On Understanding Sources of Growth and Output Gaps for Switzerland
Kevin J. Fox and Mathias Zurlinden
C43, D24, E32
GDP growth, output gap, index numbers, welfare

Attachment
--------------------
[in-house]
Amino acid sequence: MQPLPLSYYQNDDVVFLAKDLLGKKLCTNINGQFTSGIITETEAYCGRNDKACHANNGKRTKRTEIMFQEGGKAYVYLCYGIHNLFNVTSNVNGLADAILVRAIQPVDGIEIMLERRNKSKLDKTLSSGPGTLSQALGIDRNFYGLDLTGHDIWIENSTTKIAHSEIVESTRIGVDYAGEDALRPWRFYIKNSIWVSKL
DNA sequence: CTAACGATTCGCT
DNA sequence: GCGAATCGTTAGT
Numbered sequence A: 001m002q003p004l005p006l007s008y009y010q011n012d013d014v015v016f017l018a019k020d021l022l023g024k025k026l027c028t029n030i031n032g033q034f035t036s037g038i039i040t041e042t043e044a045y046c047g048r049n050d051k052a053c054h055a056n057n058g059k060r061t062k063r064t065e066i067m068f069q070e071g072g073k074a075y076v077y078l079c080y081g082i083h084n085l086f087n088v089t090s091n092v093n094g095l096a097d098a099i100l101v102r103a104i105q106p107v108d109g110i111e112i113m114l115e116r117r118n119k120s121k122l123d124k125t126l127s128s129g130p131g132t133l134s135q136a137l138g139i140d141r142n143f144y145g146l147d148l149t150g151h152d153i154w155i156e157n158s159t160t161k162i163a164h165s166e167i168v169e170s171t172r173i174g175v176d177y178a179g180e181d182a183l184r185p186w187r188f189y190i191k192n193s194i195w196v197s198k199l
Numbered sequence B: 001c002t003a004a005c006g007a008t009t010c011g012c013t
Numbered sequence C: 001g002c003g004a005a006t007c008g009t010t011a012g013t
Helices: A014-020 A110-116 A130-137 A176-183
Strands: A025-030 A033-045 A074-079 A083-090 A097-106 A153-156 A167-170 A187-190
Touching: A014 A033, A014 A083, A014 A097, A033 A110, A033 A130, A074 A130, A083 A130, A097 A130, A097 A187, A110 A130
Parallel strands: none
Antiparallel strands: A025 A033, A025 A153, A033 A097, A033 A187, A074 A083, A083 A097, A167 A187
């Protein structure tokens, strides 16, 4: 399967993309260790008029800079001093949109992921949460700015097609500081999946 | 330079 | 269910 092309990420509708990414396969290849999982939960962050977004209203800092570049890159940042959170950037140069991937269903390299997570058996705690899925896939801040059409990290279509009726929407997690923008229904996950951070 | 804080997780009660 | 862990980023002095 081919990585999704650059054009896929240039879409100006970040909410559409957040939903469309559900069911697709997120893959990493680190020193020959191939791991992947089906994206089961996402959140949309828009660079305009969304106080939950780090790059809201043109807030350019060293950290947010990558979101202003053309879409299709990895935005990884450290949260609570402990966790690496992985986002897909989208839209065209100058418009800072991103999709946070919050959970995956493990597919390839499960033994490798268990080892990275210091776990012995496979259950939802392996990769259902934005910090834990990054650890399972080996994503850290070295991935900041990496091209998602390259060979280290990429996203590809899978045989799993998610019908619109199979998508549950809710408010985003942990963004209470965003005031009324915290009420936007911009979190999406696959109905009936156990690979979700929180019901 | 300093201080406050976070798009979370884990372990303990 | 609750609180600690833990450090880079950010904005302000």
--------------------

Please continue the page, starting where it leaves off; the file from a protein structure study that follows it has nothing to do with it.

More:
In this paper, we measure the main factors explaining nominal output growth and deviations from trend output in Switzerland over the period 1980 to 2001. The decompositions are based on the GDP function and its dual, the national income function. The results indicate that whereas nominal output growth frequently reflects movements in domestic prices, it is capital formation that makes the largest contribution to real output growth, followed by gains in total factor productivity and improvements in the terms of trade. Deviations of real output from trend appear to have been driven by deviations of labour utilization, of productivity and, during the first decade, of the terms of trade from their respective long-run trends. The important role attributed to productivity and the terms of trade support the view that the customary measures of the output gap should be used with caution when formulating monetary policy.